February 15, 2019, by Brigitte Nerlich

Is STS trivial? Chris Toumey reflects on writing a book about nanotech and the humanities

This is a guest post by Chris Toumey, a cultural anthropologist who has observed and studied developments in nanotechnology for many years. Chris and I have known each other for a long time, and his work and words have always inspired me. He has just published a book entitled Nanotech and the Humanities: An Anthropologist Observes the Science of Atoms and Molecules. In this post he reflects on his writing and its relation to Science and Technology Studies (STS). I’ll follow up these thoughts with my own about what I have called ‘responsible writing’. Chris’s book is part of a new STS genre of which Andrew Maynard’s Films from the Future, featured in this blog postis another example.

Is STS trivial?

The field of STS has a cloud above its head, namely, the question of whether our work is trivial. If our research and writing cause others to better understand science and technology, then our work is worthwhile. We do not need to formulate hypotheses about cause-and-effect relationships in the natural world, let alone conduct experiments to test hypotheses. That we can leave to our friends in science and engineering. Our contribution is to enrich our readers’ understandings of science and technology by elucidating the historical circumstances from which science and technology emerge; or to show how social forces shape them; or to identify cultural dynamics which steer science and technology in one direction, and not another.

But our work is trivial if the international STS community consists of philosophers speaking only with other philosophers; or some philosophers interacting only with some historians; or a small number of philosophers and historians communicating only with a small number of professors of literature; and so on.

In other words, our work is nontrivial if our insights are helpful to others, whether scientists, engineers, or laypersons, as they hope to better understand science and technology. But we consign ourselves to trivial work if we are a community of scholars in the humanities and social sciences who communicate only with each other.

When I collected twenty-nine of my publications on nanotechnology into my book Nanotechnology and the Humanities, I intended that this volume would enrich the reader’s appreciation of nanotech. It is not a science textbook or a replacement for one. Instead, it draws upon a rich spectrum of research and writing about nanotech by many fine scholars in the humanities and social sciences. While I am the author of each piece except for the Foreword by Brigitte Nerlich, I do not limit the value of my book to my own concerns or insights. On the contrary, I draw attention to the contributions of others, including experts in disciplines well beyond my own home in cultural anthropology. I have sometimes used my commentaries in the journal Nature Nanotechnology to review the books of Cyrus Mody, Colin Milburn and others; also to synthesize the work of more people who are brighter than myself. No one would think that I am a solitary genius, and I am not, but I aspire to shape my research and writing as a platform for presenting the best insights about nanotechnology which come from the humanities and social sciences.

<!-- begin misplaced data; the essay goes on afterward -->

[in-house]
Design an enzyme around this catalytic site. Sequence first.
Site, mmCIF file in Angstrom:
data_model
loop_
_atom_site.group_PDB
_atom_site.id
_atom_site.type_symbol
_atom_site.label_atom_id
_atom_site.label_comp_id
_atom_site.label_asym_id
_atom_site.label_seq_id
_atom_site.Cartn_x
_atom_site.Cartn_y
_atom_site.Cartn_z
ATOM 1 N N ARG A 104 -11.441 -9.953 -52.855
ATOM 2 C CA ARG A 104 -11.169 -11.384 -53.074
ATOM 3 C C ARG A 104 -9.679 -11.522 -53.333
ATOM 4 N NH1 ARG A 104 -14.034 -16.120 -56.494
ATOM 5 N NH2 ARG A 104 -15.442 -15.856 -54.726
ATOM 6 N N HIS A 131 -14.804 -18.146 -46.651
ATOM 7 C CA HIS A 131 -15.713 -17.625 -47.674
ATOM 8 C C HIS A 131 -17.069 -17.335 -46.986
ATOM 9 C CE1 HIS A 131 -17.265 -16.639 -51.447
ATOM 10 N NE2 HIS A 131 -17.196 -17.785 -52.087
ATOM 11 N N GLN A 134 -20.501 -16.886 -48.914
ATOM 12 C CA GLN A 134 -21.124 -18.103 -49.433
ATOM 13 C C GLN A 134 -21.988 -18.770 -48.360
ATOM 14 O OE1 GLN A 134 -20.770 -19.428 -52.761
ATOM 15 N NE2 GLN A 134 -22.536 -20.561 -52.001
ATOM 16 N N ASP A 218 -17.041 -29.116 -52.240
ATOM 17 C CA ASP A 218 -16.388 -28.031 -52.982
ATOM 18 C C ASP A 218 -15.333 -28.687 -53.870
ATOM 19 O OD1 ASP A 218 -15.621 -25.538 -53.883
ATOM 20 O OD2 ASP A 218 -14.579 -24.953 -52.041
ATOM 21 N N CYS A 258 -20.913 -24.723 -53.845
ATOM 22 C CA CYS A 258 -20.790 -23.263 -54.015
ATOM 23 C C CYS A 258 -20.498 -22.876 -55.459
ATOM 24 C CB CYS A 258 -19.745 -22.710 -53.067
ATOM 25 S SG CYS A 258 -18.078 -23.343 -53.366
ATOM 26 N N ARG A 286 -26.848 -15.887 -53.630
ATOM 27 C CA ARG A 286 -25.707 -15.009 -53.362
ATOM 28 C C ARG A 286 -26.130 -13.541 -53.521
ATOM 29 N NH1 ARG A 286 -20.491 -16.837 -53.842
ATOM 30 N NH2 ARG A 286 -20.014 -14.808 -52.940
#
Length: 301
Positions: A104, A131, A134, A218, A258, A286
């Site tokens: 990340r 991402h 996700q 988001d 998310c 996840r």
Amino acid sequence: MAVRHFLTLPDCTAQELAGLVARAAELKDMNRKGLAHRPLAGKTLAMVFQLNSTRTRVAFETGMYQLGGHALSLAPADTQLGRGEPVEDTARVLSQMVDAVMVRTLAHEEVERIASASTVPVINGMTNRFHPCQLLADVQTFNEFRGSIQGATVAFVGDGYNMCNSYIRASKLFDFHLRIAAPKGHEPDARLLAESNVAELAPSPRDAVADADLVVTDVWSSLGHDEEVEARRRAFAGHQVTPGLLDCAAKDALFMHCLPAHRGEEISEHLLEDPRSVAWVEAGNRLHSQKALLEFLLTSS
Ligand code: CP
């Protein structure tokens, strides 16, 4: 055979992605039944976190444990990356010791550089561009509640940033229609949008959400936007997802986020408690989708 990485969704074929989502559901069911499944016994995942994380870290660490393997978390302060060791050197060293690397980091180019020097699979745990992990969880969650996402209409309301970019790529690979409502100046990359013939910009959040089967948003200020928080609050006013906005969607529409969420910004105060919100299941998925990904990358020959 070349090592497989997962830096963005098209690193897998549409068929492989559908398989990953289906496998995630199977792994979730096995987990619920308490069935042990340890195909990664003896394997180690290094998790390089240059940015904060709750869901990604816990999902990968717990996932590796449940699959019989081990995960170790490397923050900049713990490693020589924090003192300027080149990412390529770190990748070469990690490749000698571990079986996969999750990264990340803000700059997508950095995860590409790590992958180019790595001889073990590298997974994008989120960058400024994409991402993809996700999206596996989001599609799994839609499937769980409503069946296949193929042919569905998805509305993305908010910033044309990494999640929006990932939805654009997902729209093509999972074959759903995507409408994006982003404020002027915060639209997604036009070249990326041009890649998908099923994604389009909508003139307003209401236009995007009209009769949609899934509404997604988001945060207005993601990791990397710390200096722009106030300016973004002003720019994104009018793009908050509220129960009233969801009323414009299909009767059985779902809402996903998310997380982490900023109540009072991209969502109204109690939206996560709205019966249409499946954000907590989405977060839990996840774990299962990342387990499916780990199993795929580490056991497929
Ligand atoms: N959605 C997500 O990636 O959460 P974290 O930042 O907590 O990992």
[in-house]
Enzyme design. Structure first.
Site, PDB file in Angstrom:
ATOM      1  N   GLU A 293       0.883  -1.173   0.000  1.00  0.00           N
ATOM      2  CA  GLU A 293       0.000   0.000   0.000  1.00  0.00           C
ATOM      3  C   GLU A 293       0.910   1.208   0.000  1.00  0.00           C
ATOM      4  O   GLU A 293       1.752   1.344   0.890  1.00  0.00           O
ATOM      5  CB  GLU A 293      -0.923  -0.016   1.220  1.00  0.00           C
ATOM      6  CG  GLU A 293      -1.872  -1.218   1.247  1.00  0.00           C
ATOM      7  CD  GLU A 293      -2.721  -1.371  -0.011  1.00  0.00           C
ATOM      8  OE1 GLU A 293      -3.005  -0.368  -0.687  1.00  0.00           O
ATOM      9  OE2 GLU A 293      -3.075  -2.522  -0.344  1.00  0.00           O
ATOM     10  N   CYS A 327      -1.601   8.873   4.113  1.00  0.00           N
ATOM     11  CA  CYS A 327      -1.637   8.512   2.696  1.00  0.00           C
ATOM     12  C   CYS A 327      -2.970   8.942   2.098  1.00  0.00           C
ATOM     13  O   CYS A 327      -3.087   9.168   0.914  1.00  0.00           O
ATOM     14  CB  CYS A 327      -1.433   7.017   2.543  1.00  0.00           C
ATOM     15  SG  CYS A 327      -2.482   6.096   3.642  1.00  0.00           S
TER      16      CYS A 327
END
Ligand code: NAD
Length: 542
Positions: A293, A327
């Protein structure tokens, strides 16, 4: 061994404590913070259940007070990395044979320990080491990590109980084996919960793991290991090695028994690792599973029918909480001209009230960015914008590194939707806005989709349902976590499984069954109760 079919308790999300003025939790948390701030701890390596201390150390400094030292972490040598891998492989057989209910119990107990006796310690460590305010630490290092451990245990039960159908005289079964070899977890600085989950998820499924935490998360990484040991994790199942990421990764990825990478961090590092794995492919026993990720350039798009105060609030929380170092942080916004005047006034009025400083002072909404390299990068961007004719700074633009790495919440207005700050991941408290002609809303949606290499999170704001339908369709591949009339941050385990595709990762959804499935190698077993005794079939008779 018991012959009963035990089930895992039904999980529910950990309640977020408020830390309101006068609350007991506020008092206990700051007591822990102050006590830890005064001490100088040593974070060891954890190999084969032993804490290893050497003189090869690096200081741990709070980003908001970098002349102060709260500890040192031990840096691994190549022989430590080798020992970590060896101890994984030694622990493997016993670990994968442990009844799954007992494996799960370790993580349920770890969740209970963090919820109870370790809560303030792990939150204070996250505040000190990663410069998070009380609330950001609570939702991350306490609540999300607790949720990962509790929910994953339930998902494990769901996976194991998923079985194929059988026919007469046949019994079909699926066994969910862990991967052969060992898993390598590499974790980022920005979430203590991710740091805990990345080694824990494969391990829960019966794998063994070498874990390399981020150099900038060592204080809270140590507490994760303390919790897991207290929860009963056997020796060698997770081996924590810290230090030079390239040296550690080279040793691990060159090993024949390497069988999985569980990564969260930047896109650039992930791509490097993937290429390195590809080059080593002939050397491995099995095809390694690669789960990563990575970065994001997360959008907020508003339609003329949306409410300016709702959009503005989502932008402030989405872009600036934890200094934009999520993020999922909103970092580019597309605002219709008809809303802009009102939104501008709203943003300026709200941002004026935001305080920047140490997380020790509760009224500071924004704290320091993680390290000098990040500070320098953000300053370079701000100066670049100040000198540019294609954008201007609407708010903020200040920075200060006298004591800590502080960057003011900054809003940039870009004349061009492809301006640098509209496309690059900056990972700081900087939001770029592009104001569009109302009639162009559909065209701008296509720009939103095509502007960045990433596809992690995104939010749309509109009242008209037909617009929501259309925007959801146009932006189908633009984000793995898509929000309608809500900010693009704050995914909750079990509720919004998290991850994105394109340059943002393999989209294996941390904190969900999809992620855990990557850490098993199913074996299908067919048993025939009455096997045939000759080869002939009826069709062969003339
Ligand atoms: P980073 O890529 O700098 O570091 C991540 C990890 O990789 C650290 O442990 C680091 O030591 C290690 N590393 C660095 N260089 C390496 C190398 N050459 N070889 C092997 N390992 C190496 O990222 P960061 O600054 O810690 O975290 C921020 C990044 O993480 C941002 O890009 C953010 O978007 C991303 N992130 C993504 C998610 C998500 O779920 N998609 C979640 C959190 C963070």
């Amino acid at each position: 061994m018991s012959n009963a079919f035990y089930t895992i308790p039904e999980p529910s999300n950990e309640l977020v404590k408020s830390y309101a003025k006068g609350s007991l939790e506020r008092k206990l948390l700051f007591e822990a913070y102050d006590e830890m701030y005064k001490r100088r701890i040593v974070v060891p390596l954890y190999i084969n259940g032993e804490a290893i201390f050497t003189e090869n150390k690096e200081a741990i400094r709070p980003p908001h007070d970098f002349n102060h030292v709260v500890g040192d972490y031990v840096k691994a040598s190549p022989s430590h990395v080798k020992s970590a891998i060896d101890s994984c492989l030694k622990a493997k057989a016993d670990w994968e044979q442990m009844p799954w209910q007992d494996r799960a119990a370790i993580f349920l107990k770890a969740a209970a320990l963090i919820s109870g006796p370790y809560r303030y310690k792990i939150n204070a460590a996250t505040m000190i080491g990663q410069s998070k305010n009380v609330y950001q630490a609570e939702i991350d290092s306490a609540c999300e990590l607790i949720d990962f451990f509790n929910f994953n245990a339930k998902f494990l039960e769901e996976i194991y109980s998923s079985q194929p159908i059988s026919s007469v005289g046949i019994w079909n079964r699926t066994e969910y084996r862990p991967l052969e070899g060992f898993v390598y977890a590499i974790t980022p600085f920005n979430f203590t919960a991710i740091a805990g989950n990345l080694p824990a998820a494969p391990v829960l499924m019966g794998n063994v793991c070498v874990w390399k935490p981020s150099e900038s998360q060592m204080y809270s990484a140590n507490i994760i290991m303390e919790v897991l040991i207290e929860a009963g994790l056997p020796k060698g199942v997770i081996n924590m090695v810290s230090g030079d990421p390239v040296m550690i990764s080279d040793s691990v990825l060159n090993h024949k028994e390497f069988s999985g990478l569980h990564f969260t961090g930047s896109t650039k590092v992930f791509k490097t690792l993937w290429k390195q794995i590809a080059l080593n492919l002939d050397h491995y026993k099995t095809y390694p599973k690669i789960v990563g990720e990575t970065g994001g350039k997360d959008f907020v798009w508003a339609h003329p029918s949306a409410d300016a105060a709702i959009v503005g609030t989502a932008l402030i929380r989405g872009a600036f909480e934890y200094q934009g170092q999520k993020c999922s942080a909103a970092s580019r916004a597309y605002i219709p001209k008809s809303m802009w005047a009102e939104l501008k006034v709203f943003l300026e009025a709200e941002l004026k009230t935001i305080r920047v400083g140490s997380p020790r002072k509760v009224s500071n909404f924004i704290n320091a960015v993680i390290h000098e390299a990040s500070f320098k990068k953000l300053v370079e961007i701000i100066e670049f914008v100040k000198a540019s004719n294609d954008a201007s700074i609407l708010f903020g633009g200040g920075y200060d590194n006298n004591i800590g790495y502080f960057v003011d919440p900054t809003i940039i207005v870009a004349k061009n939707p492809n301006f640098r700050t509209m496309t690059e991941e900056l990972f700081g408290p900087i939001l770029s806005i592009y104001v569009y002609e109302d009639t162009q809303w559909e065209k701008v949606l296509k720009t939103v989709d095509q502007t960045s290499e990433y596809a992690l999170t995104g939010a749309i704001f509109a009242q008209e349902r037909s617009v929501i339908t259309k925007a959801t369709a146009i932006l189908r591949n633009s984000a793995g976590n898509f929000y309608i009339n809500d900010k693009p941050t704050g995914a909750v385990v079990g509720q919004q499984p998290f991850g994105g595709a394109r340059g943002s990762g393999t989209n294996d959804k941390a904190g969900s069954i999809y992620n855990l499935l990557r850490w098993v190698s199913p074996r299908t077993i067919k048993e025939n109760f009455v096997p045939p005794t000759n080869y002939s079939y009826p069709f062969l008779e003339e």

This is how I hope that Nanotechnology and the Humanities will be appreciated. If some of us in STS have enriched others’ understandings of nanotechnology, and especially if my book reaches readers beyond the STS community, then I have shown that our research and writing have escaped the trap of trivial scholarship. We do not limit ourselves to communicating only with like-minded colleagues, but we see that many persons’ understandings of science and technology can benefit from the perspectives of the humanities and social sciences which we call Science & Technology Studies.


Chris mentions the foreword to the book which I (Brigitte) wrote a while ago. Having totally forgotten what I wrote, I was surprised to find the following bit of text which I think is worth repeating. But before I do so, I just want to say: writing well and writing non-trivially for a wide range of people is not easy. It can be quite hard work! So I am grateful to people like Chris who put in this work.

“At a time when we hear more and more about ‘responsible research and innovation’, I think it is time to reflect on what one may call responsible academic writing and responsible language use. Here I echo Chris Toumey’s words: those of us, especially in what is called Science & Technology Studies, where we use the humanities and social sciences to better understand nanoscience and nanotechnology, have a responsibility to share our work with the very scientists and engineers that make nanotechnology happen, as well as with as large an audience as possible of non-specialists who care very much about science, technology and their societal issues. This means writing in order to be understood rather than writing to show off how clever we are. The chapters for this book accomplish these tasks brilliantly. They are readable, understandable, enjoyable, but nonetheless profound. They are great examples of responsible research and writing.

The twenty-five commentaries that make up this book, plus the four longer pieces, lead the reader through the history of nanotechnology which began in the 1950s, engage with its reception and discussion in the public sphere at the end of the 20th and beginning of the 21st century, and then home in on one of the main ways in which nano became public, indeed an object of visual consumption: nano images. The books ends with a discussion of recent controversies and debates surrounding nanotechnology.”


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